nation where literacy barely exceeds 50%.
Also of importance, business and
industry tend to align themselves with whatever
party is in power. Since 1998 business and
industry have been drifting away from the
Congress Party, which ruled India for 49 of the
first 50 years after it obtained independence
from Britain.
The BJP gained significant political
currency among both the underclasses and the
privileged by developing nuclear weapons, not
only a potent symbol of military might but also a
symbol of interest in high technology to educated
Indians who have long been frustrated by
generations of governmental emphasis on low-tech
job creation for the masses.
Matters came to a head after a
three-member CPCSEA inspection team reported
after visiting the National Institute of
Immunology in New Delhi that the animals were
underfed, underweight, and that up to 90% of
the monkeys housed there had tuberculosis. The
CPCSEA team found extensive record-keeping
deficiencies, they said, and claimed that the
NII staff barred them from inspecting some parts
of the buildings. The CPCSEA recommended that
the NII authorization to do animal research be
The NII is a facility operated by the
federal Department of Biotechnology (DBT). The
DBT sent an inspection team from the Delhi
Science Forum on November 23. At a November 29
court hearing, the DBT team testified that the
NII monkeys were properly fed, and that only two
of the 207 monkeys were tubercular. They argued
that the CPCSEA had misread the veterinary chart
symbol meaning “tested” for the symbol meaning
“tested positive.”
“The CPCSEA found itself in many such
rows in the past, too,” recalled K.G.
Narendranath of the Times of India News Network,
“including when it forcibly seized lab monkeys
from the premises of the National Institute of
Nutrition in Pune in 2001. Leading
pharmaceutical companies, which have a decidedly
pro-research and development orientation,”
Narendranath acknowledged, “have flayed the
CPCSEA for its hostile approach toward the
scientific community. Faced with CPCSEA
interventions at all levels causing huge and
costly delays in research and development,”
Narendranath said, “these companies are being
forced to take all or part of their animal
research to foreign countries.”
Indian scientist M.V. Ramana, now at
Princeton University in the U.S., recalled
another prominent case “in August 1999, when
dozens of monkeys from the Hyderabad laboratory
of the National Institute of Nutrition were
released into the forest. The action held up
tests of alpha-interferon that were being carried
out on the monkeys by a private company, Shantha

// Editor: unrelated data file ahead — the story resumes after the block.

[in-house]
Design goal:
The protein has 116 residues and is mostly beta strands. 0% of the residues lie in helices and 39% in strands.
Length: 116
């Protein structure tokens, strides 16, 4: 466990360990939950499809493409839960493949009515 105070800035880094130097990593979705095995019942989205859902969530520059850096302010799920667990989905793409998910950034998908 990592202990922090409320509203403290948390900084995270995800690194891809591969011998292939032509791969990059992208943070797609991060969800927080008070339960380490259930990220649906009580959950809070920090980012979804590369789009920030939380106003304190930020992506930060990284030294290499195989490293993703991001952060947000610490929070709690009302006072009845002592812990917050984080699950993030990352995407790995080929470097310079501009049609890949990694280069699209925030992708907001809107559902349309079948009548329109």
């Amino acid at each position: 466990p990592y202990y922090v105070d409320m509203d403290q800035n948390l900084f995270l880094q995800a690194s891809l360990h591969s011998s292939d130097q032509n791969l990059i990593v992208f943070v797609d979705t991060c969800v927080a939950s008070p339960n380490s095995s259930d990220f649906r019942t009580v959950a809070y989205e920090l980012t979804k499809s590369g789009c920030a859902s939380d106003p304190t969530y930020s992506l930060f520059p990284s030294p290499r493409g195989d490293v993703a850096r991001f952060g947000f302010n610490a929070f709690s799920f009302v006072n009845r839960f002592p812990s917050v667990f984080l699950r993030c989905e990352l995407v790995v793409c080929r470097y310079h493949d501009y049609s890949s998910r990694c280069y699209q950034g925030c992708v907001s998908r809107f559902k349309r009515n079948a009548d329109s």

Biotech. When the company appealed to the Andhra
Pradesh High Court, the court directed the
CPCSEA to not interfere with the tests, but the
damage was done.”
On December 14 Mrs. Gandhi e-mailed to
ANIMAL PEOPLE that she had just been removed from
the CPCSEA through an alliance of BJP politicians
and Marxists, who jointly decided that the
CPCSEA chair was an “office of profit,” which
cannot be held by an elected official.

Regrouping for battle

But Mrs. Gandhi found some reasons for cheer.
“The 68 Military Dairy Farms were selling
two-day-old calves to butchers,” she recounted.
“So I went on and on until yesterday the general
who is in charge said he had decided to shut all
of them. Life goes on, and fortunately I got 22
monkeys and seven beagles out of a bad lab just a
few days ago.”
Another important legacy of her work was
a November 12 ruling by the Delhi High Court that
makers of cosmetics and over-the-counter drugs
must indicate on the product packaging whether or
not they contain ingredients of animal origin.
The battle to preserve or dismantle the
CPCSEA itself is now well underway. The 90th
Indian Science Congress, held in Bangalore
during the first week of January, became a forum
for demands and denunciations by researchers who
claimed their work was delayed or prevented by
having to meet animal welfare standards.
“The CPCSEA is filled with activists who
have only one agenda–the antivivisectionist
agenda,” NII director Sandip K. Basu raged to
The Times of India.
Malaria vaccine researcher G.
Padmanabjhan told The Hindu that he was obliged
to import beagles to test his product. “We asked
for permission to use street dogs, since the
vaccine was meant for them, but the CPCSEA said
no,” Padmanabjhan insisted. He did not say who
was funding his purported recombinant DNA
research on an anti-malarial vaccine for street

Overseeing slaughter

“Scientists themselves are not averse to
good animal care, not in the least because poor
specimens might produce shoddy results,” wrote
M.V. Ramana for Outlook India. “But being
regulated by animal rights activists is akin to
having vegetarians or vegetarian crusaders
oversee slaughterhouses,” he continued–three
days after Uttar Pradesh, the most populous
state of India, strengthened a 1955 ban on cow
Twenty-seven of the 29 Indian states
forbid cow slaughter. Though they all permit
some slaughter of other animals, under
restrictions that often go unenforced,
vegetarian Hindu, Jain, or Buddhist supervision
of the Indian slaughter industry is not only
routine but implicit in some of the older
legislation, as an intended check-and-balance
against abuses by those who might kill and eat
cows, or mistreat any animal.
“Supervisory authorities should not have agendas
inimical to the activity being supervised,”
Ramana finished, arguing that the CPCSEA should
be “more responsive to the scientific community
itself” than to “animal rights activists.”
“Will things go back to square one?” speculated
Chinny Krishna. “Judging by the acceptance of
the labs of the need to clean up their act, and
more importantly, the distinct change in the
attitude of the press,” during Mrs. Gandhi’s
tenure, “things will not be allowed to go back,”
Krishna said.
“The CPCSEA is now under a senior administrator,”
Krishna concluded. “Since India has survived 55
years of independence only because of our
well-trained administrative service officers, it
is hoped that he will steer the CPCSEA in the
right direction.”

Print Friendly

Leave a Reply

Your email address will not be published.